Apple: Sideloading on iOS would open the malware floodgates

Consumers lose protection with sideloading, warns Apple's software chief.
Written by Liam Tung, Contributing Writer

Apple software head Craig Federighi, unsurprisingly, has come out against Europe's proposal to tear down Apple's iOS walled garden and allow sideloading of apps, which is possible on Android but discouraged by Google. 

Why? Malware, according to Federighi, who used his speech at the Web Summit conference in Lisbon, Portugal, about online privacy to contrast Android's malware problem with that of Apple's iOS. 

He highlighted that third-party data on malware attacks on different platforms including iOS, Android and Windows showed that attacks on iOS "barely registered". 

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By contrast, there were five million attacks on Android per month. "But there's never been this widespread consumer malware attack on iOS. Never," the Apple exec said. 

"Why is this? The single biggest difference is that other platforms allow sideloading. Sideloading would mean downloading software directly from the open internet or from third-party stores, bypassing the protections from the App Store.

"With sideloading those extra protections are undone. There's no human app review and no single point of distribution for sideloaded apps. The floodgates are open for malware."

Apple is facing a mounting challenge in Europe, the US, Asia and Australia over its control over app distribution – it is, by design, a gatekeeper in terms of the apps installed on iPhone, iPad and Apple Watch. 

Federighi's claims aren't a new angle from Apple; last month it published a paper arguing that if Europe forced Apple to allow sideloading it would turn iPhones "into 'pocket PCs,' returning to the days of virus-riddled PCs."

Apple was railing against Europe's proposed Digital Services Act (DSA) and the Digital Markets Act (DMA), which would mandate tighter controls on online content and impose new rules for "gatekeepers" – like Apple, Google and Amazon – to help foster competition and improve interoperability between mobile platforms.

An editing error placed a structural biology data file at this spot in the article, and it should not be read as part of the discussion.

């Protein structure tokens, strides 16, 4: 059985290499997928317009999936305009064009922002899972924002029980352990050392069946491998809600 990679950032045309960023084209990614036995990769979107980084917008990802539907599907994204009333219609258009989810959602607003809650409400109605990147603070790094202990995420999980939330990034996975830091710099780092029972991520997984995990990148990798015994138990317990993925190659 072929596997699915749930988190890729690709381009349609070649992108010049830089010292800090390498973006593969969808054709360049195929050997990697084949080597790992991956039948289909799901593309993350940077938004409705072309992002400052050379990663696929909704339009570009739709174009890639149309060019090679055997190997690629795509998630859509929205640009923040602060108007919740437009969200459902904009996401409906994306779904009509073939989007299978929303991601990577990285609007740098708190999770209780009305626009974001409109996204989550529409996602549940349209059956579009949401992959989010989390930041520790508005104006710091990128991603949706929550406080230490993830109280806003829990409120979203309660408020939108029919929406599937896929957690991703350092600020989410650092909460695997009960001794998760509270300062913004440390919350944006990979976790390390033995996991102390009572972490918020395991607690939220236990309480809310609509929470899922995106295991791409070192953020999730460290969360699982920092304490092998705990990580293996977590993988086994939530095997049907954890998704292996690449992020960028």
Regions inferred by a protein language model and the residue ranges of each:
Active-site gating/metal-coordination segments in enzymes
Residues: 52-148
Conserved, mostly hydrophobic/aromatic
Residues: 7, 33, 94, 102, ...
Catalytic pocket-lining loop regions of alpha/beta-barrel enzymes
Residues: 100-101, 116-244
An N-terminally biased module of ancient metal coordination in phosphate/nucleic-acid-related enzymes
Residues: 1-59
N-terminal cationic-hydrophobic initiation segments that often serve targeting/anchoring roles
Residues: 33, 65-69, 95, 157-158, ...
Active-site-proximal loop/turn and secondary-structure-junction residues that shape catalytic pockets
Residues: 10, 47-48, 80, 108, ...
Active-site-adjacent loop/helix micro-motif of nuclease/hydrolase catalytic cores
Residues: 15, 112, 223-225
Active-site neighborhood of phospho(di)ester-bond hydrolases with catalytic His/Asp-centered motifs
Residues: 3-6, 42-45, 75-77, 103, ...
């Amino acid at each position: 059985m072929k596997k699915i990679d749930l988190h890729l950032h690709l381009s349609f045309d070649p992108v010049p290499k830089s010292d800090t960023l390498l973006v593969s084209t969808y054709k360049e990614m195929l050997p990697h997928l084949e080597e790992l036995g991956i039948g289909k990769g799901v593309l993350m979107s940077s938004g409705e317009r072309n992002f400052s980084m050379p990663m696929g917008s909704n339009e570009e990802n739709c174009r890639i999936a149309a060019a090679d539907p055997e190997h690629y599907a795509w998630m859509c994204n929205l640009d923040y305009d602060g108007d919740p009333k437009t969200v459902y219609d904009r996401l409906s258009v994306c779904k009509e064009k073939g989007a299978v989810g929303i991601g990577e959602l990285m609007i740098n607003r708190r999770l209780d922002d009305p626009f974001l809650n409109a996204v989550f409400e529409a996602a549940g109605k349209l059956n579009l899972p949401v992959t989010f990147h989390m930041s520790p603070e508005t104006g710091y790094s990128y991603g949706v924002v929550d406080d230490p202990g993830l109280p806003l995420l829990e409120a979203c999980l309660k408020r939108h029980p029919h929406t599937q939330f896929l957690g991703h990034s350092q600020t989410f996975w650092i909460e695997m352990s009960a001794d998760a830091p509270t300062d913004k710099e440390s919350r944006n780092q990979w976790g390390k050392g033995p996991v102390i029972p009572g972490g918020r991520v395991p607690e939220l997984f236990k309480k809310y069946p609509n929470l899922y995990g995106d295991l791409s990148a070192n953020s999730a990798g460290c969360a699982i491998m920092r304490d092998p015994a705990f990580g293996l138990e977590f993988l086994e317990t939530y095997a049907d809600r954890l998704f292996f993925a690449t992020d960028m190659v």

Apple claimed that even if the EU's proposal was limited to allowing apps to be installed from third-party app stores, as Android allows but Google actively discourages, this would increase malware due to insufficient reviews. 

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To make his point, Federighi quoted from Europol's advice to "only install apps from official app stores". 

"Companies should only permit the install of apps from official sources on those mobile devices that connect to the enterprise network."

But Apple's paper and Federighi's comments come after the European Commission (EC) in April informed Apple of its preliminary view that Apple had distorted competition in the music streaming market as it abused its dominant position for the distribution of music-streaming apps through its app store.

"The investigations concern, in particular, the mandatory use of Apple's own proprietary in-app purchase system and restrictions on the ability of developers to inform iPhone and iPad users of alternative cheaper purchasing possibilities outside of apps," the EC said.   

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